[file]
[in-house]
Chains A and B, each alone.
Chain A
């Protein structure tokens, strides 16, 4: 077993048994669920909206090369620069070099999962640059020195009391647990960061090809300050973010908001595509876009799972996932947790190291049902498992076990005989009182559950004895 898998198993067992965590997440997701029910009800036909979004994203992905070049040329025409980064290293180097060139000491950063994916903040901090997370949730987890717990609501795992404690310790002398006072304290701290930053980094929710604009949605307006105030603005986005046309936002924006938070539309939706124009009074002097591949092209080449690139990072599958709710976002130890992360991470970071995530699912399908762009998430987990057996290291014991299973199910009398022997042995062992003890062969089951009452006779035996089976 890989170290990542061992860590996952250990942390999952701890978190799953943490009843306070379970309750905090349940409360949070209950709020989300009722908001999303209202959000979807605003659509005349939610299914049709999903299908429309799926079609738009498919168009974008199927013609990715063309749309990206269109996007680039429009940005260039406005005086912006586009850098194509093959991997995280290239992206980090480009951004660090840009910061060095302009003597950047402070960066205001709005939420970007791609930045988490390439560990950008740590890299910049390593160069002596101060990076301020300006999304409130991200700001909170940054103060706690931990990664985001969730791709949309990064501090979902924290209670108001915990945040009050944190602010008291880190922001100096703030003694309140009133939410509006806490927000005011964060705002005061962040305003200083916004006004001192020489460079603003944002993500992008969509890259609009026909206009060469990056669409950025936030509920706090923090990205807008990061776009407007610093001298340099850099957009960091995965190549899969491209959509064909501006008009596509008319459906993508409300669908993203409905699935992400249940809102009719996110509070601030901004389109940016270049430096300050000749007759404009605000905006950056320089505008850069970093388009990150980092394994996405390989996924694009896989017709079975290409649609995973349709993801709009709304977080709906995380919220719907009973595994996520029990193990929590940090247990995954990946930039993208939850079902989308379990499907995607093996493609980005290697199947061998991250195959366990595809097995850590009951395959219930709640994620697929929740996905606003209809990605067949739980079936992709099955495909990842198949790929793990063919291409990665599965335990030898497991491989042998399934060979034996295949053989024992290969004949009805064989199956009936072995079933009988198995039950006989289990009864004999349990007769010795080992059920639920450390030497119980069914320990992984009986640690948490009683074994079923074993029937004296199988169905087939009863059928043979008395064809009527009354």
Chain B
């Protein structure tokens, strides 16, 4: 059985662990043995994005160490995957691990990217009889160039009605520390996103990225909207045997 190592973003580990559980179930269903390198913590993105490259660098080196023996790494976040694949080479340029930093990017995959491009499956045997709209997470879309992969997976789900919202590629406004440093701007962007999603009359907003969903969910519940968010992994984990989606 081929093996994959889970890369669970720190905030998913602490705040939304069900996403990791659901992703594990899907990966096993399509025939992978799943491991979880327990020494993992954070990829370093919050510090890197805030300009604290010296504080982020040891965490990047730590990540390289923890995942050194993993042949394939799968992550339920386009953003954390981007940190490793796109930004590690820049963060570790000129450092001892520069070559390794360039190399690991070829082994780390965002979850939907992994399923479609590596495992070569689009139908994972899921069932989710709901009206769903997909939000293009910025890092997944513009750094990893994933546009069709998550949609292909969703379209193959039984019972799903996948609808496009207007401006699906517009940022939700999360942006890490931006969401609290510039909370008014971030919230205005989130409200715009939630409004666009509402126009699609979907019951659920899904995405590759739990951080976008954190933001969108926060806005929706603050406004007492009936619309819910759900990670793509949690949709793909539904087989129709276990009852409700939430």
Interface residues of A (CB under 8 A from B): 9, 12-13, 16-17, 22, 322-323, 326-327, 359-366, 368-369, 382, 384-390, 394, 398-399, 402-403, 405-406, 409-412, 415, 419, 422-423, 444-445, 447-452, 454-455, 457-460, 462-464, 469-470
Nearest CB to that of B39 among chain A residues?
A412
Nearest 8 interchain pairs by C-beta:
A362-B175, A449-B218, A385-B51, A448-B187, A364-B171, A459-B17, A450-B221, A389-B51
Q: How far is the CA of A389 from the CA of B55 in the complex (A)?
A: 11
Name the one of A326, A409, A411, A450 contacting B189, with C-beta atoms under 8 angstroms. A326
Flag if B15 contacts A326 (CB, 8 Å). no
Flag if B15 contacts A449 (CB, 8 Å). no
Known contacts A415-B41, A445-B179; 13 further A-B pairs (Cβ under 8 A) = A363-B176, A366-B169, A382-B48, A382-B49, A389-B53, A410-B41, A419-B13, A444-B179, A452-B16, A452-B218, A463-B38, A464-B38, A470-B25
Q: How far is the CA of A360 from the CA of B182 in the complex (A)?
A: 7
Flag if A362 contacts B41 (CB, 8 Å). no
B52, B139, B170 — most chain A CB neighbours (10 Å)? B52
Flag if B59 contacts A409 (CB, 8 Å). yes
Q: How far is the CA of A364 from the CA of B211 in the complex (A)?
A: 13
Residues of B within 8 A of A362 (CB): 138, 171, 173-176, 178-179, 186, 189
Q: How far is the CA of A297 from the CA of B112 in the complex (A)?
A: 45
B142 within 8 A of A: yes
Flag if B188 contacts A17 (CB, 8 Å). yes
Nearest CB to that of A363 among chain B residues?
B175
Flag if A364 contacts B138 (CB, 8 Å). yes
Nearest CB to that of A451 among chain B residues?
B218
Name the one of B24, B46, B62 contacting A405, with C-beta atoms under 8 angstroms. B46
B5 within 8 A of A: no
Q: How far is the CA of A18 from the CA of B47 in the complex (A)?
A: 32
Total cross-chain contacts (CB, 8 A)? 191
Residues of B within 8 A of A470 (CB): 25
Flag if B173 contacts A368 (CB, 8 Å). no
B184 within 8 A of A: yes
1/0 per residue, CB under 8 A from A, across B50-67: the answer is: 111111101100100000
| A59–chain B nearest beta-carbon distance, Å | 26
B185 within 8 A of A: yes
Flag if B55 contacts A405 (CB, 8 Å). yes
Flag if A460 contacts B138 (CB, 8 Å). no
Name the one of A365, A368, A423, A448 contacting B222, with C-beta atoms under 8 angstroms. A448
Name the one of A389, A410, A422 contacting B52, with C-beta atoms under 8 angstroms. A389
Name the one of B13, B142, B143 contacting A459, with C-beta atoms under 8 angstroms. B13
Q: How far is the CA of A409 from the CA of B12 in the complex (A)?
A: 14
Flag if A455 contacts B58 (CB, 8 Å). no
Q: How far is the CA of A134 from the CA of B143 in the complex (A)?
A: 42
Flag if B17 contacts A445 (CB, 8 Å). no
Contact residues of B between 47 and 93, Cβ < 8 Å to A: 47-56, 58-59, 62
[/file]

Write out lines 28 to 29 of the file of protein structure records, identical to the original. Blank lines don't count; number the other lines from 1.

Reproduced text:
B142 within 8 A of A: yes
Flag if B188 contacts A17 (CB, 8 Å). yes